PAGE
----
It is also likely that you will pay land rent and a monthly maintenance fee for the common area, as the property is likely to be commercially owned.

However, stamp duty on moving into a property can generally be deferred until your share reaches 80 percent.

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What kind of house can be bought in fractional ownership?

Fractional Ownership Schemes are available for housing association-owned new builds or for existing homes through Fractional Ownership Resale Schemes.

As a rule, different sizes of houses, apartments and bungalows are offered in one area.

If it is not a new construction, then the house was previously inhabited and owned in fractional ownership, and it is sold under the same system.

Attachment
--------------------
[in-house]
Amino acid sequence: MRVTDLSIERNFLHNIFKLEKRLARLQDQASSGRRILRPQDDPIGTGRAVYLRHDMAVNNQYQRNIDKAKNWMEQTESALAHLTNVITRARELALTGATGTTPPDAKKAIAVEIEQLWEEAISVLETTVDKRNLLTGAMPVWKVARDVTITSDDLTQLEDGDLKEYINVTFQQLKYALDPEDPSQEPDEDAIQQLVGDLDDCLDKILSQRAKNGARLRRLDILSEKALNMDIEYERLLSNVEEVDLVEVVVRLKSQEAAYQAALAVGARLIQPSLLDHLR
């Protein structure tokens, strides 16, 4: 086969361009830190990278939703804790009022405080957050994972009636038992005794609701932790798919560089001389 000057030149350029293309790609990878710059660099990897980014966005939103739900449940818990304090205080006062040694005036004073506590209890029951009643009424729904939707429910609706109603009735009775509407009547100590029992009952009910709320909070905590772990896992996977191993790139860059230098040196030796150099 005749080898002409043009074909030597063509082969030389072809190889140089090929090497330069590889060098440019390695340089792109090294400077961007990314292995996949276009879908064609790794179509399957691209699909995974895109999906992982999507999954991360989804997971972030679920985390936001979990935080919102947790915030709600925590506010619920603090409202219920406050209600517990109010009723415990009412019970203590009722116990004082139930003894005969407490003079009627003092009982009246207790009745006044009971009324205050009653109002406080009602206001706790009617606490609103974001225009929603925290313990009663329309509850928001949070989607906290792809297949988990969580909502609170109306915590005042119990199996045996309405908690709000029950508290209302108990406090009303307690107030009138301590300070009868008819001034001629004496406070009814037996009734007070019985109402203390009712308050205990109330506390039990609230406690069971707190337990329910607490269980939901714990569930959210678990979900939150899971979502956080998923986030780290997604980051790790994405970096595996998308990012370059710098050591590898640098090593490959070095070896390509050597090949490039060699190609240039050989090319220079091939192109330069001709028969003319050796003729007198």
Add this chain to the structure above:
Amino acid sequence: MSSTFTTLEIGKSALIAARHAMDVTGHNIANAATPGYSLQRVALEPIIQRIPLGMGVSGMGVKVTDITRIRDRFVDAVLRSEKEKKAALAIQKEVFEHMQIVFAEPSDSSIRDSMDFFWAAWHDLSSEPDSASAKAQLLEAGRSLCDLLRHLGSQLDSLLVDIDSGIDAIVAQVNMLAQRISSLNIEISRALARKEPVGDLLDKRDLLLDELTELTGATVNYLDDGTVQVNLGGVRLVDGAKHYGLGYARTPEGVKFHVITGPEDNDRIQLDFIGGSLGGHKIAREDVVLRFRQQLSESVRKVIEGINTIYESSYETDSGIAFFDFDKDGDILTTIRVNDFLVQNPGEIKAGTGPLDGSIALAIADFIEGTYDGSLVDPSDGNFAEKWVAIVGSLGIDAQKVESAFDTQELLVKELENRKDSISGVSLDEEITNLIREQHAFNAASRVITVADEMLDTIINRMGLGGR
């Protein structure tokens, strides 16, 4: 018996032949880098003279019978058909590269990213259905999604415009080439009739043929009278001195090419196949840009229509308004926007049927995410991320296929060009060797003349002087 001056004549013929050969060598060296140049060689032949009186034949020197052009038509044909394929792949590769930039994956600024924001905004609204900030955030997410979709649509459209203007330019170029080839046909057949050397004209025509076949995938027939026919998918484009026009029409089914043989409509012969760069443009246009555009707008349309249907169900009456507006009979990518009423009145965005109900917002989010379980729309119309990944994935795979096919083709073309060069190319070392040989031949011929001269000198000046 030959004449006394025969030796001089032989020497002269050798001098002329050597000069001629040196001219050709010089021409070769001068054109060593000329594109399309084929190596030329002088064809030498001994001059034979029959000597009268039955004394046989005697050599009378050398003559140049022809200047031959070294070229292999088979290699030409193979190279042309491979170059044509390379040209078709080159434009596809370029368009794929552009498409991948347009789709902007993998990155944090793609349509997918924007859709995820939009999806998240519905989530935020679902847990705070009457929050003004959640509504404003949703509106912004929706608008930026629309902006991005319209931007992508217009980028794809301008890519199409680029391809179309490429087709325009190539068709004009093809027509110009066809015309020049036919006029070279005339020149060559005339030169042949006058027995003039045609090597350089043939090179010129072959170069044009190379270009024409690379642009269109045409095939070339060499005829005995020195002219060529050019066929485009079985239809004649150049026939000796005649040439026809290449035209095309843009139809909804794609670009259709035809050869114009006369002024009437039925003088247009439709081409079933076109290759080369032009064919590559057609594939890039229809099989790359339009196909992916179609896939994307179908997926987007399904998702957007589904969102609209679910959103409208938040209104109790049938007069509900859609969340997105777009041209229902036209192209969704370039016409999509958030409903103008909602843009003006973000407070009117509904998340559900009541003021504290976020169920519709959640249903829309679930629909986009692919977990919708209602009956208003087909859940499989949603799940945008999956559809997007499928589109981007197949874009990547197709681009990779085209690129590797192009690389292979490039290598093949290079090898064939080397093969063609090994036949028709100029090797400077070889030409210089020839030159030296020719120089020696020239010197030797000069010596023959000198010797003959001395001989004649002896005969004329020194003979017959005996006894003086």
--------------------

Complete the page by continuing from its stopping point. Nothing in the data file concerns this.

You buy the previous owner’s share, either outright or by securing a mortgage, and then pay rent on the part you don’t own.

There are also options to buy a share in a home that suits your specific needs, for example if you have a long-term disability and need a ground floor apartment.

But be aware that different parts of the UK have different cross-ownership rules, so be sure to check the requirements in your area before applying.

Who can use fractional ownership?

The scheme is for buyers who want to climb the real estate ladder but are unable to buy a home with a traditional mortgage.

While first-time buyers are the most obvious beneficiaries, it can also provide an opportunity for separated couples who want to make a one-on-one purchase of a share of their shared home.